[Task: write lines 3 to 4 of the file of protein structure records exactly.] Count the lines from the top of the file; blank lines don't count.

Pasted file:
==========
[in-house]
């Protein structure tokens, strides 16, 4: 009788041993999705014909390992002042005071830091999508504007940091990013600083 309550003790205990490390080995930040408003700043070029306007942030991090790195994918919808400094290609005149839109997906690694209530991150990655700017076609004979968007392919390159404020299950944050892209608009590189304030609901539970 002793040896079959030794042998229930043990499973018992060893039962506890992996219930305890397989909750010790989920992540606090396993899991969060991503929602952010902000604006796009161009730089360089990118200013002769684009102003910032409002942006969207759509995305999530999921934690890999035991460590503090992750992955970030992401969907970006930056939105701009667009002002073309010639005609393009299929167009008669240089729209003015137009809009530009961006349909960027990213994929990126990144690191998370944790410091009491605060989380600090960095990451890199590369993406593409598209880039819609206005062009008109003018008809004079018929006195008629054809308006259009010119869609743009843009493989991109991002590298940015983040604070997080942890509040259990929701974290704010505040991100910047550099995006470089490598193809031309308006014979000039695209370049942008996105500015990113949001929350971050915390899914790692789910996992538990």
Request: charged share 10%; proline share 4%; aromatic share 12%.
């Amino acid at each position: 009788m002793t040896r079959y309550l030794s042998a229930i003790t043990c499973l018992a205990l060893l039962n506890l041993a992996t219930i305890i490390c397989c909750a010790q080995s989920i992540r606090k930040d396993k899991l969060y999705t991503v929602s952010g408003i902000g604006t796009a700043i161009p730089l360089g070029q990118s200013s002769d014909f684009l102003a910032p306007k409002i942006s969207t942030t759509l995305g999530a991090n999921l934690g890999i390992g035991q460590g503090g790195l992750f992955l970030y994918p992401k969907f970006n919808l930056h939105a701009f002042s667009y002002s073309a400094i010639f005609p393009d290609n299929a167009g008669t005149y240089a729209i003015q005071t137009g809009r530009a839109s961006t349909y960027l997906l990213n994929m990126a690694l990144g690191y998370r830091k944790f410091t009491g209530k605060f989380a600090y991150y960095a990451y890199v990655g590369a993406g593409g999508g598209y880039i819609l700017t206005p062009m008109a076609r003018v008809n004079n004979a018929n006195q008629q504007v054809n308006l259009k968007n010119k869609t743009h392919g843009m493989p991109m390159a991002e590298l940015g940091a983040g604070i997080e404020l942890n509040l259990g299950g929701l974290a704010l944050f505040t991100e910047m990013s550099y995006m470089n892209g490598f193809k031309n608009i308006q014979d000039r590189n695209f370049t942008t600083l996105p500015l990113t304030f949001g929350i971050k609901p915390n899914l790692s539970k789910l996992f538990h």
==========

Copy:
Request: charged share 10%; proline share 4%; aromatic share 12%.
């Amino acid at each position: 009788m002793t040896r079959y309550l030794s042998a229930i003790t043990c499973l018992a205990l060893l039962n506890l041993a992996t219930i305890i490390c397989c909750a010790q080995s989920i992540r606090k930040d396993k899991l969060y999705t991503v929602s952010g408003i902000g604006t796009a700043i161009p730089l360089g070029q990118s200013s002769d014909f684009l102003a910032p306007k409002i942006s969207t942030t759509l995305g999530a991090n999921l934690g890999i390992g035991q460590g503090g790195l992750f992955l970030y994918p992401k969907f970006n919808l930056h939105a701009f002042s667009y002002s073309a400094i010639f005609p393009d290609n299929a167009g008669t005149y240089a729209i003015q005071t137009g809009r530009a839109s961006t349909y960027l997906l990213n994929m990126a690694l990144g690191y998370r830091k944790f410091t009491g209530k605060f989380a600090y991150y960095a990451y890199v990655g590369a993406g593409g999508g598209y880039i819609l700017t206005p062009m008109a076609r003018v008809n004079n004979a018929n006195q008629q504007v054809n308006l259009k968007n010119k869609t743009h392919g843009m493989p991109m390159a991002e590298l940015g940091a983040g604070i997080e404020l942890n509040l259990g299950g929701l974290a704010l944050f505040t991100e910047m990013s550099y995006m470089n892209g490598f193809k031309n608009i308006q014979d000039r590189n695209f370049t942008t600083l996105p500015l990113t304030f949001g929350i971050k609901p915390n899914l790692s539970k789910l996992f538990h």